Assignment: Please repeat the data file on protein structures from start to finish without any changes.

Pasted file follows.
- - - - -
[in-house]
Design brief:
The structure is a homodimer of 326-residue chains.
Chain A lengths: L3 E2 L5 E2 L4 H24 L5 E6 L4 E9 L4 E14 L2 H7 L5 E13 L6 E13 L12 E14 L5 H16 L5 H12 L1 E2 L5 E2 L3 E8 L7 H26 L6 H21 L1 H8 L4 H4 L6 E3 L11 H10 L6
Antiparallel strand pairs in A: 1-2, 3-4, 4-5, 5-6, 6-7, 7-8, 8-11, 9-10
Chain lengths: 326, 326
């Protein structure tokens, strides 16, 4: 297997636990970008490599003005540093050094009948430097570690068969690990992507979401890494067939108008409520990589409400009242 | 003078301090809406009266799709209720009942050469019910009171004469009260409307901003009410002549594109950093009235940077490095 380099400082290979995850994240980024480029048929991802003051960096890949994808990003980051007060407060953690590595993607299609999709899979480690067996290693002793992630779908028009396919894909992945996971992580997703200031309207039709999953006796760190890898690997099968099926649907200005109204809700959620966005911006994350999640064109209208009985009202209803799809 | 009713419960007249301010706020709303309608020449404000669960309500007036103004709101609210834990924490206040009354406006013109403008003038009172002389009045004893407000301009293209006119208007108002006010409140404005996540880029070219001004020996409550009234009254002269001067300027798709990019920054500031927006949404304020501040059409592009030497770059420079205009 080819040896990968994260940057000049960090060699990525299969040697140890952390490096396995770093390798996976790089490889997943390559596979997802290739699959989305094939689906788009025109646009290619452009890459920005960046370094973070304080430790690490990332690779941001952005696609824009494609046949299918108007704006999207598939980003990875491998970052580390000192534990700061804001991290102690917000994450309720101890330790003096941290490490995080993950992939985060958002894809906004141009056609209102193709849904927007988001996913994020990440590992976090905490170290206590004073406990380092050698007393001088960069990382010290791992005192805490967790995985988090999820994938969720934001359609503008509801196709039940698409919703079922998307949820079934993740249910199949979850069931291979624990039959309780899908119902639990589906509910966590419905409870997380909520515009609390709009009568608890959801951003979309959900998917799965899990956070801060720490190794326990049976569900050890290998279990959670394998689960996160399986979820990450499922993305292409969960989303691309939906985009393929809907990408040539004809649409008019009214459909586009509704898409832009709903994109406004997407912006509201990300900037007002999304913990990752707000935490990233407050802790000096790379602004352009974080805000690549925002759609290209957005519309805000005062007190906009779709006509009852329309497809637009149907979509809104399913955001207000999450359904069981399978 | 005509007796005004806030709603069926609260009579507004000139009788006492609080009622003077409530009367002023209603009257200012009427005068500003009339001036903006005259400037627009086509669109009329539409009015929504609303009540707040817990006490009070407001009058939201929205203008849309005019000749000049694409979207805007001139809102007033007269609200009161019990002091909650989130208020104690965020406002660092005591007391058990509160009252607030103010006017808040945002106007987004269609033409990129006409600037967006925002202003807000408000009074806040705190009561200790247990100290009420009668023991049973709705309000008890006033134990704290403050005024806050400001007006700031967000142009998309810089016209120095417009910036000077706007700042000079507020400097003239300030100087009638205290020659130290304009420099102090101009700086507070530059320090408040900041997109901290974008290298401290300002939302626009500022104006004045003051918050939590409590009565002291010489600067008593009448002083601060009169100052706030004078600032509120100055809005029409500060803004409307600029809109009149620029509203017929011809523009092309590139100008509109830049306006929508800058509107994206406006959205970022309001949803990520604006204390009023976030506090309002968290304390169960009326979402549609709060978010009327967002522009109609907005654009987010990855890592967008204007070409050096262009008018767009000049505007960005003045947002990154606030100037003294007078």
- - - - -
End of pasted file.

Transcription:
[in-house]
Design brief:
The structure is a homodimer of 326-residue chains.
Chain A lengths: L3 E2 L5 E2 L4 H24 L5 E6 L4 E9 L4 E14 L2 H7 L5 E13 L6 E13 L12 E14 L5 H16 L5 H12 L1 E2 L5 E2 L3 E8 L7 H26 L6 H21 L1 H8 L4 H4 L6 E3 L11 H10 L6
Antiparallel strand pairs in A: 1-2, 3-4, 4-5, 5-6, 6-7, 7-8, 8-11, 9-10
Chain lengths: 326, 326
């Protein structure tokens, strides 16, 4: 297997636990970008490599003005540093050094009948430097570690068969690990992507979401890494067939108008409520990589409400009242 | 003078301090809406009266799709209720009942050469019910009171004469009260409307901003009410002549594109950093009235940077490095 380099400082290979995850994240980024480029048929991802003051960096890949994808990003980051007060407060953690590595993607299609999709899979480690067996290693002793992630779908028009396919894909992945996971992580997703200031309207039709999953006796760190890898690997099968099926649907200005109204809700959620966005911006994350999640064109209208009985009202209803799809 | 009713419960007249301010706020709303309608020449404000669960309500007036103004709101609210834990924490206040009354406006013109403008003038009172002389009045004893407000301009293209006119208007108002006010409140404005996540880029070219001004020996409550009234009254002269001067300027798709990019920054500031927006949404304020501040059409592009030497770059420079205009 080819040896990968994260940057000049960090060699990525299969040697140890952390490096396995770093390798996976790089490889997943390559596979997802290739699959989305094939689906788009025109646009290619452009890459920005960046370094973070304080430790690490990332690779941001952005696609824009494609046949299918108007704006999207598939980003990875491998970052580390000192534990700061804001991290102690917000994450309720101890330790003096941290490490995080993950992939985060958002894809906004141009056609209102193709849904927007988001996913994020990440590992976090905490170290206590004073406990380092050698007393001088960069990382010290791992005192805490967790995985988090999820994938969720934001359609503008509801196709039940698409919703079922998307949820079934993740249910199949979850069931291979624990039959309780899908119902639990589906509910966590419905409870997380909520515009609390709009009568608890959801951003979309959900998917799965899990956070801060720490190794326990049976569900050890290998279990959670394998689960996160399986979820990450499922993305292409969960989303691309939906985009393929809907990408040539004809649409008019009214459909586009509704898409832009709903994109406004997407912006509201990300900037007002999304913990990752707000935490990233407050802790000096790379602004352009974080805000690549925002759609290209957005519309805000005062007190906009779709006509009852329309497809637009149907979509809104399913955001207000999450359904069981399978 | 005509007796005004806030709603069926609260009579507004000139009788006492609080009622003077409530009367002023209603009257200012009427005068500003009339001036903006005259400037627009086509669109009329539409009015929504609303009540707040817990006490009070407001009058939201929205203008849309005019000749000049694409979207805007001139809102007033007269609200009161019990002091909650989130208020104690965020406002660092005591007391058990509160009252607030103010006017808040945002106007987004269609033409990129006409600037967006925002202003807000408000009074806040705190009561200790247990100290009420009668023991049973709705309000008890006033134990704290403050005024806050400001007006700031967000142009998309810089016209120095417009910036000077706007700042000079507020400097003239300030100087009638205290020659130290304009420099102090101009700086507070530059320090408040900041997109901290974008290298401290300002939302626009500022104006004045003051918050939590409590009565002291010489600067008593009448002083601060009169100052706030004078600032509120100055809005029409500060803004409307600029809109009149620029509203017929011809523009092309590139100008509109830049306006929508800058509107994206406006959205970022309001949803990520604006204390009023976030506090309002968290304390169960009326979402549609709060978010009327967002522009109609907005654009987010990855890592967008204007070409050096262009008018767009000049505007960005003045947002990154606030100037003294007078």